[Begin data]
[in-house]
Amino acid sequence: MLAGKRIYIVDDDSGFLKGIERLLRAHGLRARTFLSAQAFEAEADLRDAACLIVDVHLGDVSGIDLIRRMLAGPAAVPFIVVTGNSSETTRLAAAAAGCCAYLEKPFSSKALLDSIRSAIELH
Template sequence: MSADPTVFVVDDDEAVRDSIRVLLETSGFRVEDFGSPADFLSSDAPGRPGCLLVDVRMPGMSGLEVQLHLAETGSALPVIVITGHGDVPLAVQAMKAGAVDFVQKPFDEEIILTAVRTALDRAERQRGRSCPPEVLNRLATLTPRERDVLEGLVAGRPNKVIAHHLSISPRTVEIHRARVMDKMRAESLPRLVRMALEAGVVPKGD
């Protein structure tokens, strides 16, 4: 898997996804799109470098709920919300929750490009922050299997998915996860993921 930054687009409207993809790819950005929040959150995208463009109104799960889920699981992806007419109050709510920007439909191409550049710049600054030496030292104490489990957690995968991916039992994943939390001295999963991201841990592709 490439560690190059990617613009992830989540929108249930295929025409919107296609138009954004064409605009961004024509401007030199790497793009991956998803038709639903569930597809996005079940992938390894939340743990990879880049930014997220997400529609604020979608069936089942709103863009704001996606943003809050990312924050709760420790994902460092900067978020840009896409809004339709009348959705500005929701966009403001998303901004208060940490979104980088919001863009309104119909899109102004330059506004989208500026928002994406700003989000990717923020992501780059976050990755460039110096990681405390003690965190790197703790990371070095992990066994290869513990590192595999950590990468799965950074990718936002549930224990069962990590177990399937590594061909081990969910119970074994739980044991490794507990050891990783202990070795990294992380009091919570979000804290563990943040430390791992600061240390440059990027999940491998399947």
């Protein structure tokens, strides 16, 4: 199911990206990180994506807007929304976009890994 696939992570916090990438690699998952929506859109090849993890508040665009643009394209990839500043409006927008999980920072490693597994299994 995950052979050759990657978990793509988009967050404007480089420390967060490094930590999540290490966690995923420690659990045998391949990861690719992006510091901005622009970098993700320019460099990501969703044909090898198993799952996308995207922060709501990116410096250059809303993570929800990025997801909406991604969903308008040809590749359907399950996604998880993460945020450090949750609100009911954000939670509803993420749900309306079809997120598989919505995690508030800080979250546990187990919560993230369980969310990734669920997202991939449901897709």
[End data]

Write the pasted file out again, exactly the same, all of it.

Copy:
[in-house]
Amino acid sequence: MLAGKRIYIVDDDSGFLKGIERLLRAHGLRARTFLSAQAFEAEADLRDAACLIVDVHLGDVSGIDLIRRMLAGPAAVPFIVVTGNSSETTRLAAAAAGCCAYLEKPFSSKALLDSIRSAIELH
Template sequence: MSADPTVFVVDDDEAVRDSIRVLLETSGFRVEDFGSPADFLSSDAPGRPGCLLVDVRMPGMSGLEVQLHLAETGSALPVIVITGHGDVPLAVQAMKAGAVDFVQKPFDEEIILTAVRTALDRAERQRGRSCPPEVLNRLATLTPRERDVLEGLVAGRPNKVIAHHLSISPRTVEIHRARVMDKMRAESLPRLVRMALEAGVVPKGD
């Protein structure tokens, strides 16, 4: 898997996804799109470098709920919300929750490009922050299997998915996860993921 930054687009409207993809790819950005929040959150995208463009109104799960889920699981992806007419109050709510920007439909191409550049710049600054030496030292104490489990957690995968991916039992994943939390001295999963991201841990592709 490439560690190059990617613009992830989540929108249930295929025409919107296609138009954004064409605009961004024509401007030199790497793009991956998803038709639903569930597809996005079940992938390894939340743990990879880049930014997220997400529609604020979608069936089942709103863009704001996606943003809050990312924050709760420790994902460092900067978020840009896409809004339709009348959705500005929701966009403001998303901004208060940490979104980088919001863009309104119909899109102004330059506004989208500026928002994406700003989000990717923020992501780059976050990755460039110096990681405390003690965190790197703790990371070095992990066994290869513990590192595999950590990468799965950074990718936002549930224990069962990590177990399937590594061909081990969910119970074994739980044991490794507990050891990783202990070795990294992380009091919570979000804290563990943040430390791992600061240390440059990027999940491998399947």
């Protein structure tokens, strides 16, 4: 199911990206990180994506807007929304976009890994 696939992570916090990438690699998952929506859109090849993890508040665009643009394209990839500043409006927008999980920072490693597994299994 995950052979050759990657978990793509988009967050404007480089420390967060490094930590999540290490966690995923420690659990045998391949990861690719992006510091901005622009970098993700320019460099990501969703044909090898198993799952996308995207922060709501990116410096250059809303993570929800990025997801909406991604969903308008040809590749359907399950996604998880993460945020450090949750609100009911954000939670509803993420749900309306079809997120598989919505995690508030800080979250546990187990919560993230369980969310990734669920997202991939449901897709």